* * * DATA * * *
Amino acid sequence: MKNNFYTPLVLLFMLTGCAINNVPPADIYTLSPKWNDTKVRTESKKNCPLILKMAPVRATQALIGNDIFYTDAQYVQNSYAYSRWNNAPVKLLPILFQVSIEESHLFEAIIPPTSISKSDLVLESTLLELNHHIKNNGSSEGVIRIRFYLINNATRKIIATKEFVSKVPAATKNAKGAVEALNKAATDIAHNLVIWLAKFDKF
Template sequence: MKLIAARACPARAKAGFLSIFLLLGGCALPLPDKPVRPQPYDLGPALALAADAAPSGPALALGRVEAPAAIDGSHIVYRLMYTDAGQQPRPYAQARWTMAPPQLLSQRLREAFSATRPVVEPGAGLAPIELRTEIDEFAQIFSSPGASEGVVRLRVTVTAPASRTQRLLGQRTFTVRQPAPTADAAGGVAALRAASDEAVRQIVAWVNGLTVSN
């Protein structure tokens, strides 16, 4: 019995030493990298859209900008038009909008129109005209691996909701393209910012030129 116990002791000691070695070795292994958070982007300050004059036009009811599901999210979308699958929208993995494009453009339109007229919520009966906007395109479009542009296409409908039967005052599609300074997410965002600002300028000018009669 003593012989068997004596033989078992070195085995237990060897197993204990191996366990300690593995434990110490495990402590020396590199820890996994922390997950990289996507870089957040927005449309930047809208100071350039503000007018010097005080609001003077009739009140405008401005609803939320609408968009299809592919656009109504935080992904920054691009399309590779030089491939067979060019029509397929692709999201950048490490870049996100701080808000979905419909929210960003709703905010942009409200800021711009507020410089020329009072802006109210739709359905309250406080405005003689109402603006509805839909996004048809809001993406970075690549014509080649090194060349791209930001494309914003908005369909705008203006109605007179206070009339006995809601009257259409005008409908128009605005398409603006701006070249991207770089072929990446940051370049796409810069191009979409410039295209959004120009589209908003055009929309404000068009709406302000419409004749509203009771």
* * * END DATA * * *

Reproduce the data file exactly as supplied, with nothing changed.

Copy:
Amino acid sequence: MKNNFYTPLVLLFMLTGCAINNVPPADIYTLSPKWNDTKVRTESKKNCPLILKMAPVRATQALIGNDIFYTDAQYVQNSYAYSRWNNAPVKLLPILFQVSIEESHLFEAIIPPTSISKSDLVLESTLLELNHHIKNNGSSEGVIRIRFYLINNATRKIIATKEFVSKVPAATKNAKGAVEALNKAATDIAHNLVIWLAKFDKF
Template sequence: MKLIAARACPARAKAGFLSIFLLLGGCALPLPDKPVRPQPYDLGPALALAADAAPSGPALALGRVEAPAAIDGSHIVYRLMYTDAGQQPRPYAQARWTMAPPQLLSQRLREAFSATRPVVEPGAGLAPIELRTEIDEFAQIFSSPGASEGVVRLRVTVTAPASRTQRLLGQRTFTVRQPAPTADAAGGVAALRAASDEAVRQIVAWVNGLTVSN
């Protein structure tokens, strides 16, 4: 019995030493990298859209900008038009909008129109005209691996909701393209910012030129 116990002791000691070695070795292994958070982007300050004059036009009811599901999210979308699958929208993995494009453009339109007229919520009966906007395109479009542009296409409908039967005052599609300074997410965002600002300028000018009669 003593012989068997004596033989078992070195085995237990060897197993204990191996366990300690593995434990110490495990402590020396590199820890996994922390997950990289996507870089957040927005449309930047809208100071350039503000007018010097005080609001003077009739009140405008401005609803939320609408968009299809592919656009109504935080992904920054691009399309590779030089491939067979060019029509397929692709999201950048490490870049996100701080808000979905419909929210960003709703905010942009409200800021711009507020410089020329009072802006109210739709359905309250406080405005003689109402603006509805839909996004048809809001993406970075690549014509080649090194060349791209930001494309914003908005369909705008203006109605007179206070009339006995809601009257259409005008409908128009605005398409603006701006070249991207770089072929990446940051370049796409810069191009979409410039295209959004120009589209908003055009929309404000068009709406302000419409004749509203009771």